Try giving up porn for Lent - it changed my life (International Business Times)

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February 10, 2016 - By Alex Anderson  Unlike pancakes in my cheap kitchenware, new year's resolutions and Lent-inspired abstinences rarely stick. Sometimes it takes more than good intentions to make drastic changes to your behaviour – a health scare, perhaps, or a run-in with the in-laws. But if you thought making the most of an ill-considered, expensive gym membership or cutting down your alcohol consumption were difficult, try giving up porn.

Why would anyone do that? Well, porn can be bad for you. There, I said it. But not in the, "You'll go blind" kind of way (unless you really are particularly adventurous). No, porn is bad for you because it can very quickly become all-consuming.

An example. Lent is, according to tradition, about prayer, penance, repentance and self-denial. But to the porn-addled mind, at least three of those words conjure up images of poorly-lit scenes in which impossibly hairless consenting adults get up to no good. And the fourth simply calls to mind poorly-lit sets on which Madonna flirts with indecency (both sartorially and musically).

I'm only joking – I like the song. But if you're hooked on porn, it has the potential to take control of your life. You know you have a problem when you are worrying when your next opportunity to masturbate will be. Or when you turn down a social invite in order to take advantage of time alone in the house. Or when you deliberately extinguish your partner's advances in the hope that they'll hurry up and go to bed so you can have some uninterrupted time with the laptop.

Some unfortunates, brains desperate for an ever stronger hit of porn-induced dopamine, disappear down dark pornographic rabbit holes

While the scientific community is yet to form a consensus over whether this type of compulsive behaviour can be described as an addiction – though the efforts of people like Dr Valerie Voon, a neuropsychiatrist at the University of Cambridge whose work involves comparing the brain patterns of porn users with those of substance abusers and gambling addicts, is laying the foundations for this area of research – there's enough anecdotal evidence to suggest that it's a real problem.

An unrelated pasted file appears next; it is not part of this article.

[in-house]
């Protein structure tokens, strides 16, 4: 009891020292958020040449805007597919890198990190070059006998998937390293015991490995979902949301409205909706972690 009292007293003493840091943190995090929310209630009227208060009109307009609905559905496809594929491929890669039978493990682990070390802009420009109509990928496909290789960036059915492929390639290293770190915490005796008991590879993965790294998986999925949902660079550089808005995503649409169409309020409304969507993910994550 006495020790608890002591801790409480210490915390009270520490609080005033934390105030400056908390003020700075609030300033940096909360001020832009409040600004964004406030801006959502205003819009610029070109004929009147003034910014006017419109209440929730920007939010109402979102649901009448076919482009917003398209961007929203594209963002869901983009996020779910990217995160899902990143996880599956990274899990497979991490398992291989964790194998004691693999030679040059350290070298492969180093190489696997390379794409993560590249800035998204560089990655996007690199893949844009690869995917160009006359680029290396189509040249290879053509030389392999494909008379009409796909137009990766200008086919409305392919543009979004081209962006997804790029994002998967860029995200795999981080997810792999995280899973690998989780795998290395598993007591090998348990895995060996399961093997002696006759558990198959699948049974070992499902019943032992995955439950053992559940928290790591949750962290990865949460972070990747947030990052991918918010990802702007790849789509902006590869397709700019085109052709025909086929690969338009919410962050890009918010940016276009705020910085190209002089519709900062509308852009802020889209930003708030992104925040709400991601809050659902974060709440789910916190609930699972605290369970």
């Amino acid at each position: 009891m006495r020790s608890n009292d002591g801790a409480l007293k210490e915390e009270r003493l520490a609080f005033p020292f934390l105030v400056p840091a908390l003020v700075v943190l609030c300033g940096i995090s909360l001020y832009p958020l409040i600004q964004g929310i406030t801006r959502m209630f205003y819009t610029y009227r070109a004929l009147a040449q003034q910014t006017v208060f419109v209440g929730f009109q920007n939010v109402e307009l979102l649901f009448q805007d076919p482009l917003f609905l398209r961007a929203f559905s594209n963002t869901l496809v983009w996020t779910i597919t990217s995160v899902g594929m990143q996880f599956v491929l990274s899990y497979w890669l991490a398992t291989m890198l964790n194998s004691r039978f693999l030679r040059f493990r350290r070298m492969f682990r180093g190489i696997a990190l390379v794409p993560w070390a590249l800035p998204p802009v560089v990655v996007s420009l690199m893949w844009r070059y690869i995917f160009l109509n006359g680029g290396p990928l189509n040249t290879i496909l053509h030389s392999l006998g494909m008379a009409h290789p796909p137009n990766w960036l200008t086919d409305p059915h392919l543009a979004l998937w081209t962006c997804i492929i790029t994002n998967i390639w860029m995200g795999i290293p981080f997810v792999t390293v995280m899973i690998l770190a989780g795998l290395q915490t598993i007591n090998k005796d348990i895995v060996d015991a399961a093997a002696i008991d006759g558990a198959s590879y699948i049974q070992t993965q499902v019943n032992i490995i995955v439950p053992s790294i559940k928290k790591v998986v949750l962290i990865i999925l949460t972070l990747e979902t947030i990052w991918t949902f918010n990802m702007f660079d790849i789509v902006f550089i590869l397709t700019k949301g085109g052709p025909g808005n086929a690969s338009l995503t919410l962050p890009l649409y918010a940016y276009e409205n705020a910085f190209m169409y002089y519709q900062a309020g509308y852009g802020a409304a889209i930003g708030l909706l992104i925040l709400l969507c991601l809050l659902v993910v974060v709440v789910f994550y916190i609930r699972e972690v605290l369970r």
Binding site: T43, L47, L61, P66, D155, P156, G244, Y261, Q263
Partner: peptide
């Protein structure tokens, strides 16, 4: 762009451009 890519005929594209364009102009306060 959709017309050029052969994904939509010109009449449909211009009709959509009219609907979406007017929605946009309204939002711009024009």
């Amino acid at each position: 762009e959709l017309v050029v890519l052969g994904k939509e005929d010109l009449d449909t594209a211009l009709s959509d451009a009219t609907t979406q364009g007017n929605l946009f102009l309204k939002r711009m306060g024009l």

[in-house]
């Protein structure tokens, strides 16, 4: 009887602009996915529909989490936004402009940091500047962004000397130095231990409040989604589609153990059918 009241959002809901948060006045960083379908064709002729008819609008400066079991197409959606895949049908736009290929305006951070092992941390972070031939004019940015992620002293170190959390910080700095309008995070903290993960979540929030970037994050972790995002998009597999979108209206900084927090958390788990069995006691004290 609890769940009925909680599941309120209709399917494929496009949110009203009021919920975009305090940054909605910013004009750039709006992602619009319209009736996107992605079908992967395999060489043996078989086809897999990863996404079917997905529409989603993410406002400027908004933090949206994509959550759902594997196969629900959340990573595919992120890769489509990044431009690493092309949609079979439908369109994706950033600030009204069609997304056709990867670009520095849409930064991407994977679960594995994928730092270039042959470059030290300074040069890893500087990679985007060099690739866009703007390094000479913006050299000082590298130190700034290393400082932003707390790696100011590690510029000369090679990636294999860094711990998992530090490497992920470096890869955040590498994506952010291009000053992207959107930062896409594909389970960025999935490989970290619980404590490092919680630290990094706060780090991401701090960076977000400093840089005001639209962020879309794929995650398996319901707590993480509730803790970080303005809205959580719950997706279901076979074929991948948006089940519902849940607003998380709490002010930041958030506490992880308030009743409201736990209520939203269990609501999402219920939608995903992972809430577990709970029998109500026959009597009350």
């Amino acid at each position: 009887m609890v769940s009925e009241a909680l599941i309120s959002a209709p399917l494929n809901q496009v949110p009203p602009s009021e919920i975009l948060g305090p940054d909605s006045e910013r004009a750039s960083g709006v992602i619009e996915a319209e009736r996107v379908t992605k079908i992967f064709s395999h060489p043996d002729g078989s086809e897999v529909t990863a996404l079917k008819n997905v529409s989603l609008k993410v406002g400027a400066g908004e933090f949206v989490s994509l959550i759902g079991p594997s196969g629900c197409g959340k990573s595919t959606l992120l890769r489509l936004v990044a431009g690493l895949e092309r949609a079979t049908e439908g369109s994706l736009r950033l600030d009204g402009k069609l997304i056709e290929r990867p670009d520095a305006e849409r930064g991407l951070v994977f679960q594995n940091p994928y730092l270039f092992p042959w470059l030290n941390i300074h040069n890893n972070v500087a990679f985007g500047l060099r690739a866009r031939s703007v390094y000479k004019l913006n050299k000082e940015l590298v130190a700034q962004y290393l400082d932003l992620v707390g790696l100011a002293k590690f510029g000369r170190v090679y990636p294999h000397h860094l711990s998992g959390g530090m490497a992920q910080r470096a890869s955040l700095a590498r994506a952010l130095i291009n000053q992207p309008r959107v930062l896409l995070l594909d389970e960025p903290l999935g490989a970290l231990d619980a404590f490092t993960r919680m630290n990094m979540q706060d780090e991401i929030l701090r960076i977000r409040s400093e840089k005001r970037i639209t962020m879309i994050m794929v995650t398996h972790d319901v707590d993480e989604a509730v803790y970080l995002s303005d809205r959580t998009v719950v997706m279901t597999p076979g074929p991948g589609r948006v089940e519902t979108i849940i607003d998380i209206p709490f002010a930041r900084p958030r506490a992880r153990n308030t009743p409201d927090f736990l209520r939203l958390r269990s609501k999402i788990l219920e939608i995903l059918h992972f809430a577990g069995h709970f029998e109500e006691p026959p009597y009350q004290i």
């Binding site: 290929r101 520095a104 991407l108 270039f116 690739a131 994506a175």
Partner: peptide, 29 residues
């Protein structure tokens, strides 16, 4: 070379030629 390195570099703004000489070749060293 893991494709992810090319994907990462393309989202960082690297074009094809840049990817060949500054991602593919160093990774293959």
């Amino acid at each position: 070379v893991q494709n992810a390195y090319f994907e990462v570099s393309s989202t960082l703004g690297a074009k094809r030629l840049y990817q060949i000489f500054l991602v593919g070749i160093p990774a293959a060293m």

GPs have reported a significant increase in teenage erectile dysfunction, thought to be a consequence of brains gorged on the dizzying variety of sexual stimulation available via broadband and getting no rise out of a real, unchanging, normal girl. Men and women report a loss of sensitivity in their overworked genitals and and that reaching climax is increasingly difficult in real-life encounters as a result.

And some unfortunates, brains desperate for an ever stronger hit of porn-induced dopamine, disappear down dark pornographic rabbit holes (which may or may not involve actual leporidae) in order to trigger the ever-higher threshold required for arousal. Imagine a world where food became convenient, fast and focused on quantity over quality in which a lot of people became obese as a result. It's like that, but with deep throat and slightly more choking.

Relying on porn certainly destroyed one of my relationships, and very nearly took its toll on another until I came across www.yourbrainonporn.com, a fascinating website I ironically discovered during a search for porn.

The site is the brainchild of Gary Wilson, a retired anatomy and physiology teacher, as a response to the need for a depository (a poor choice of word in the context, I know) for all the research and anecdotal evidence on the subject. It also hosts a forum on which men and women share their experiences of porn-related problems, and tales of "rebooting," where the brain's need for porn is fought off and participants emerge with clearer heads, new-found focus and much less sore genitalia.

Is it a mass delusion? The result of confirmation bias? A colossal porny placebo? Maybe. But there are an increasing number of people deciding to quit porn – exemplified by the tens of thousands of members of Reddit's Nofap community – unfortunately called 'fapstronauts', but let's not quibble over ridiculous nomenclature in the context of recovering jerk-offs.

While I'd rather not be termed as anything with 'fap' in it, I am one of the people who decided porn was having a negative influence on their life and cut it out entirely. I went through the rebooting process advised by those who are mapping out this new found issue, and I stopped masturbating at all outside of poorly-lit bedrooms in which two consenting adults with an average amount of body hair get up to no good.

And the thing is, whatever veracity lies at the heart of the addiction debate, it really did change my life. I became more driven, more able to concentrate, felt better about myself in general and discovered in me a much deeper well of energy (in the literal, not deluded crystal-worshiping, sense) which I directed into new hobbies, my career and getting up in the morning without whinging.

But if that list doesn't make you want to try quitting porn even for a little while, know that the best thing is that my orgasms are now unbelievably intense and the sight of a bare ankle is enough to give me an erection. Happy Lent, everybody. Enjoy your pancakes.

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